As a baseball book, it is unique in several ways. Unlike the landmark baseball books of the past--Jim Brosnan's The Long Season, his sequel, The Pennant Race, and Jim Bouton's much more bawdy classic, Ball Four--Dickey's Wherever I Wind Up is personal and in greater detail provides his history and career in relationship to R. A. Dickey, the family man.
Dickey is also a religious man and there is much talk of God. The word "sin" never appears, but he spends a lot of time praying for God to keep him on the right track, to show him the way. He stops short of praying to win, but he seems to have a sense of entitlement, which some might see only as confidence.
A batch of pictures are included, including the cute one of a very young Dickey trying to seal a kiss from his future wife, Anne, then in the seventh grade.
Apparently journalist and author Wayne Coffey is to be credited for the fine pacing in this autobiography, and it is a splendid piece of creative non-fiction. Dickey's prospects rise and fall but reach bottom after a crisis in his marriage--at about the time he finds himself near death at the bottom of the Missouri River.
I watched the news conference he had in Toronto yesterday. He said that he got better as a pitcher as his form improved as a man of conviction and responsibility. Dickey had some trouble buttoning his new Blue Jay top, but otherwise he came off solidly enough, an old guy, gifted with the wisdom of years, but also very self-effacing. I wished they had let his wife speak.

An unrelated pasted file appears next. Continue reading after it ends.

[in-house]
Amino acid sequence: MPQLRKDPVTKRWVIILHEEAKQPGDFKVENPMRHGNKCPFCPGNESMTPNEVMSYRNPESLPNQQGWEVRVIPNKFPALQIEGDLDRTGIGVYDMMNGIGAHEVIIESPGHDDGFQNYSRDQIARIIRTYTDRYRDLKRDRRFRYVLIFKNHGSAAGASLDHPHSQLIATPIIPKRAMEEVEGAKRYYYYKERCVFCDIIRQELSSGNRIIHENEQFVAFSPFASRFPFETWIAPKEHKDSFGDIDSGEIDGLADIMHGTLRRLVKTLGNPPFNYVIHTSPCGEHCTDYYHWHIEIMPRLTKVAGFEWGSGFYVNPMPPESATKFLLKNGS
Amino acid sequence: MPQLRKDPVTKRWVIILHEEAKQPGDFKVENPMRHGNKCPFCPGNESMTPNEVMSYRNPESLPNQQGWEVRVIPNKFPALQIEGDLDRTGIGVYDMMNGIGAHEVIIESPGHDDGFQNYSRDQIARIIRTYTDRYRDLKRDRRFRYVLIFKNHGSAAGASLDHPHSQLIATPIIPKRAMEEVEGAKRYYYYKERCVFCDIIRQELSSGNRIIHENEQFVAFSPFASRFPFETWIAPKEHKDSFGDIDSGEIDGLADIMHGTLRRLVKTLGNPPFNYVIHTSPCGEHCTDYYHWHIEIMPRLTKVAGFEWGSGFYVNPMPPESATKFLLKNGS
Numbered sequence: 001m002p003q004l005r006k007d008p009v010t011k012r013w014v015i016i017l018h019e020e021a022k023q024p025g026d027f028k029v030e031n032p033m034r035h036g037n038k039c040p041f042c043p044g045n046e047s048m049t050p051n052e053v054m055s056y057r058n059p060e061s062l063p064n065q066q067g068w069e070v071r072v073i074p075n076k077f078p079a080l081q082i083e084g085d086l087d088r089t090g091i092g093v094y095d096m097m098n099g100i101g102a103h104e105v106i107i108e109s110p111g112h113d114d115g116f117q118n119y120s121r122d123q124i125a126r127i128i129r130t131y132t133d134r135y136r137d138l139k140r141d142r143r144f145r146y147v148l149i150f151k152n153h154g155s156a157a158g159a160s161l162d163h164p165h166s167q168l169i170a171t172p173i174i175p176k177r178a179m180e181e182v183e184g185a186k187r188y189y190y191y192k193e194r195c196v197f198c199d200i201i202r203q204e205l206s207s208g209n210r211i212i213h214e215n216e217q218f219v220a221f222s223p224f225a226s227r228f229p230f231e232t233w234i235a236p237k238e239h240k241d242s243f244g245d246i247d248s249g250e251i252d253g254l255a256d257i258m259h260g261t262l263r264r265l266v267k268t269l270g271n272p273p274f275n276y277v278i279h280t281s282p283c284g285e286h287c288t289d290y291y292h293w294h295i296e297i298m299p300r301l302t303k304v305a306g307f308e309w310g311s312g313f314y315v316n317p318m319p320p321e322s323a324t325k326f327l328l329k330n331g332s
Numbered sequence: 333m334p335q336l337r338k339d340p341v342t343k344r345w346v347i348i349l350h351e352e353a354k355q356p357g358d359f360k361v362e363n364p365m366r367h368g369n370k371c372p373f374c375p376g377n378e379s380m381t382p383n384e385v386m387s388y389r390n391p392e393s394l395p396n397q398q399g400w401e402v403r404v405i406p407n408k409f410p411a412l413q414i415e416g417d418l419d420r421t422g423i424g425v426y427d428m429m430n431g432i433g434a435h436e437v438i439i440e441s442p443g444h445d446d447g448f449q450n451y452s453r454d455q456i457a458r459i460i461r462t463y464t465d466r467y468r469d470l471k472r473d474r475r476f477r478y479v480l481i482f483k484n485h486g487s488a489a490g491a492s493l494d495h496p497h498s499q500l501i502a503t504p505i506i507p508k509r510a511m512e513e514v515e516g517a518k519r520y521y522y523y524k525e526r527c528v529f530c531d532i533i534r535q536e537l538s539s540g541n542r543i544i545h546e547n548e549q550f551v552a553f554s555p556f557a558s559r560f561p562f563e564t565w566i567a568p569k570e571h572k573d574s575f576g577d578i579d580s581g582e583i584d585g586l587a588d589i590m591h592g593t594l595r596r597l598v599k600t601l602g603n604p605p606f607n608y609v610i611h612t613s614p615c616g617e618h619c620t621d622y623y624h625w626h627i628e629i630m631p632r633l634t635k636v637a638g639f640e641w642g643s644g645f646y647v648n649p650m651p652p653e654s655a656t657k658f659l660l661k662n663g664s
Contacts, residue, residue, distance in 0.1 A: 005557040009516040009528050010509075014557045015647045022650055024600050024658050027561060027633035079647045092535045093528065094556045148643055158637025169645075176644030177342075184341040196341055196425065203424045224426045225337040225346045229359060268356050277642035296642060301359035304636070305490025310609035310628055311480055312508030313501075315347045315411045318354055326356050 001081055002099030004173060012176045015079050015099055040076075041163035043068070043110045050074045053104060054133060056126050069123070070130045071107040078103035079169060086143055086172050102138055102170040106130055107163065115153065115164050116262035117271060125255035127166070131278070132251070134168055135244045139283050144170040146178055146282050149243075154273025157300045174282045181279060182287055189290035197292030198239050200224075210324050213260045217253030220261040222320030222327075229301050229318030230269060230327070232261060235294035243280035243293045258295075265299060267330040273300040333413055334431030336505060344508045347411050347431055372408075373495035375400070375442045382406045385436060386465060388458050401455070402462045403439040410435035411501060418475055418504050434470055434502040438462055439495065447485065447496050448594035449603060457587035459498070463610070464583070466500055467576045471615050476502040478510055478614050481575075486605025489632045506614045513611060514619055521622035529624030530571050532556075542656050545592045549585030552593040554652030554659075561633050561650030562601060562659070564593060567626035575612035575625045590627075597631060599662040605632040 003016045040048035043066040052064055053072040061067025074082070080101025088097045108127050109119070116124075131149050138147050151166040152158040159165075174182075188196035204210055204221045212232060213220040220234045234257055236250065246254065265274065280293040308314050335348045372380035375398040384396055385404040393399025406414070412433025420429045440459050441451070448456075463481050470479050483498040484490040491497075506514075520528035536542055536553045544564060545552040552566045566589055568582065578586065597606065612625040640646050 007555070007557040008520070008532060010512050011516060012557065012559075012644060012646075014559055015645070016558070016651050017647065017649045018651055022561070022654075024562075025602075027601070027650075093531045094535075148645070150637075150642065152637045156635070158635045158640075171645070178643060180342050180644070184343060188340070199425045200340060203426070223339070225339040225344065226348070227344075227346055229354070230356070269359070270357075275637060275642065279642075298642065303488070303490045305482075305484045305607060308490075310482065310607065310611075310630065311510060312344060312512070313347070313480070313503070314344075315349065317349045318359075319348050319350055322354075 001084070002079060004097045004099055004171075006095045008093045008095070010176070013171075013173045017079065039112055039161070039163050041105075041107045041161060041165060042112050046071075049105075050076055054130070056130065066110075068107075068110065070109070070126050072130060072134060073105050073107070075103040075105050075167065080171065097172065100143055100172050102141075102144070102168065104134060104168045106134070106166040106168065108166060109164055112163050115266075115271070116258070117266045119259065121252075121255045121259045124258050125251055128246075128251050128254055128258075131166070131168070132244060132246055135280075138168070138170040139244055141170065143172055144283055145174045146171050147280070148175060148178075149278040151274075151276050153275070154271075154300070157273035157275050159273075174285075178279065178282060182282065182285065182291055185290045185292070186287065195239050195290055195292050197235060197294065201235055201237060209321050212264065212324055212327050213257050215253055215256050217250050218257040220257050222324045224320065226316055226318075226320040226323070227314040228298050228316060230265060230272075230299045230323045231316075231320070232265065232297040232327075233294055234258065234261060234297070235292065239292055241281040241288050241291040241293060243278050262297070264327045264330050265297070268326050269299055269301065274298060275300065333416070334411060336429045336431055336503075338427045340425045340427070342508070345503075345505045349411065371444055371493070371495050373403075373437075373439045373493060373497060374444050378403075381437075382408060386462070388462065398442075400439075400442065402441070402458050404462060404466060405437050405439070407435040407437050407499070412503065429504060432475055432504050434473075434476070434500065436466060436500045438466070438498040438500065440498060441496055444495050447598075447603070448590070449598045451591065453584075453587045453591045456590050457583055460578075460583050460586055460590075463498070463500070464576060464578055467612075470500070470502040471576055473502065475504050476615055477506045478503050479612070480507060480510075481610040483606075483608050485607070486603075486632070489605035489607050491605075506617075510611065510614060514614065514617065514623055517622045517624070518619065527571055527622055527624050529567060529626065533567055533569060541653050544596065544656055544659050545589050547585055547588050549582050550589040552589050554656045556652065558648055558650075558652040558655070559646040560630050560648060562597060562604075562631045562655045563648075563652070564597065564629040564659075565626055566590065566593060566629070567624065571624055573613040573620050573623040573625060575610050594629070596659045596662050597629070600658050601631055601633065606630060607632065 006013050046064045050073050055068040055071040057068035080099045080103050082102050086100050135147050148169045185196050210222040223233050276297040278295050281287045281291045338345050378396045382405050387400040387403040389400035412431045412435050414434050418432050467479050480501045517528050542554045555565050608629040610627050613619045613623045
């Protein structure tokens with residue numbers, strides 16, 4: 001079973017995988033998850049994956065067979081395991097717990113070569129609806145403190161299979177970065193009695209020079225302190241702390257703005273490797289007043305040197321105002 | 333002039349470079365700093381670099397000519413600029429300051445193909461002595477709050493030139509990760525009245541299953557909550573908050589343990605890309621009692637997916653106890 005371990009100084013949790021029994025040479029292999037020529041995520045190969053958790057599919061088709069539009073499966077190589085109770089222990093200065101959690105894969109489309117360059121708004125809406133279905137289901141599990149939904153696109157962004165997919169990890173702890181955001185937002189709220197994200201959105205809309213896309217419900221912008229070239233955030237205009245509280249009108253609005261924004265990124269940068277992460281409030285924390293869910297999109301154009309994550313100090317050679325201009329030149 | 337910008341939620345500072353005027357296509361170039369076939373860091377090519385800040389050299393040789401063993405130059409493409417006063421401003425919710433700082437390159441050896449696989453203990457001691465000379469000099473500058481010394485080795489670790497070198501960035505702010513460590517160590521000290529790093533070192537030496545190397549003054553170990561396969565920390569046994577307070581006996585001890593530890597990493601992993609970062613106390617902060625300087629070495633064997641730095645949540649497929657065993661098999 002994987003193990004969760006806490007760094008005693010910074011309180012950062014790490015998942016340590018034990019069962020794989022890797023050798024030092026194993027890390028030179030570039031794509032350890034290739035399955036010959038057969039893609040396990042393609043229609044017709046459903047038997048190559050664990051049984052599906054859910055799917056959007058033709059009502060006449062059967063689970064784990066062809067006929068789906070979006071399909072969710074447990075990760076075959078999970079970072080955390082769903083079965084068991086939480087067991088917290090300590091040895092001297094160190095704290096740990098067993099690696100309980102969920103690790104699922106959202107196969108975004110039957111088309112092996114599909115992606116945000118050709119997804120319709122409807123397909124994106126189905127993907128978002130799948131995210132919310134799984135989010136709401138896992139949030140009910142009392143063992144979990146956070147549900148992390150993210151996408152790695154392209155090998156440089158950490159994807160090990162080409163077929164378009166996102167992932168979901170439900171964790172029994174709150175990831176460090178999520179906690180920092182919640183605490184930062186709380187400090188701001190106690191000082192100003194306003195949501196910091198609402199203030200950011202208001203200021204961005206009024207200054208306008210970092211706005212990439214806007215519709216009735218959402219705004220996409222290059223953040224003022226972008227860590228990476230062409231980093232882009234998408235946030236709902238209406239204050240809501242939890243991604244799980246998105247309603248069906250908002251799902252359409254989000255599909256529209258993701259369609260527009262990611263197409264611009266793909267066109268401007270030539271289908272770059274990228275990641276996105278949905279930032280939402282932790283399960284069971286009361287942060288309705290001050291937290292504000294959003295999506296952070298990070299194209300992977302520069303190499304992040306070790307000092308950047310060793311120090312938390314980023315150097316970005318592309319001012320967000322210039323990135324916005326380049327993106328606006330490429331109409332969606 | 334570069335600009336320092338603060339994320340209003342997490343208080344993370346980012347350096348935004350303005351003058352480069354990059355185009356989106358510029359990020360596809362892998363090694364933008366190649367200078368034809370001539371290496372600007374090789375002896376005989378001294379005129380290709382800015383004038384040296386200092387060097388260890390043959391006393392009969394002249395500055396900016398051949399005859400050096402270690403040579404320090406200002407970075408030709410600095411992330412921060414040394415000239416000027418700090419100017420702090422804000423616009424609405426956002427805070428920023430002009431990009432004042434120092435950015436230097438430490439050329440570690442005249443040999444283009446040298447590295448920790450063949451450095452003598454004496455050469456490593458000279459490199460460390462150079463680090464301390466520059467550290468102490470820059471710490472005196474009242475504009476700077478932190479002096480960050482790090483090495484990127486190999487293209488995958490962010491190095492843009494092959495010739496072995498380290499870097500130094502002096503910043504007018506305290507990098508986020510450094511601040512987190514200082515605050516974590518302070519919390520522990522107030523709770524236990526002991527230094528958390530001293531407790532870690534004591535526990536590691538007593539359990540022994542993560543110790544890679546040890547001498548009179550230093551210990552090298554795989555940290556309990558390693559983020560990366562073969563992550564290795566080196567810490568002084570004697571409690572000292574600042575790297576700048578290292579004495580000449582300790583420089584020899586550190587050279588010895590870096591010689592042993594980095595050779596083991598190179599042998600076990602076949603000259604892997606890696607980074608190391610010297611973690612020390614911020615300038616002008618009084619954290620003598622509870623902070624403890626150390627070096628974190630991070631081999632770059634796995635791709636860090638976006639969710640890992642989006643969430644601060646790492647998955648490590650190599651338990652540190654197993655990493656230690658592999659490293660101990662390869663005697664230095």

Baseball buffs will enjoy his frank discussion of knuckleball mechanics, and young players might learn a thing or two from it. The rear dustjacket picture shows his grip on the ball.
Many baseball people pass through the narrative as they passed through his life, but unlike many other baseball books, no one is denigrated in here. Dickey says that he has never taken performance enhancing drugs, and I believe him.
|R. A. Dickey versus Stephen Strasburg, the Baffler Vs. Rocket Boy--Wall Street Journal|
The funniest scene takes place on a subway where Dickey hears others talking about the pending match-up between Dickey and the ultra-hyped flame-thrower Stephen Strasburg, the Baffler vs. Rocket Boy. None of his fellow passengers recognized him. He even saw one man looking at the Wall Street Journal editorial cartoon above.
I remembered the game well, as I watched it on television. It will be interesting to see how Dickey performs this year. I suspect he'll be even better. His honesty makes us want to root for him all the way.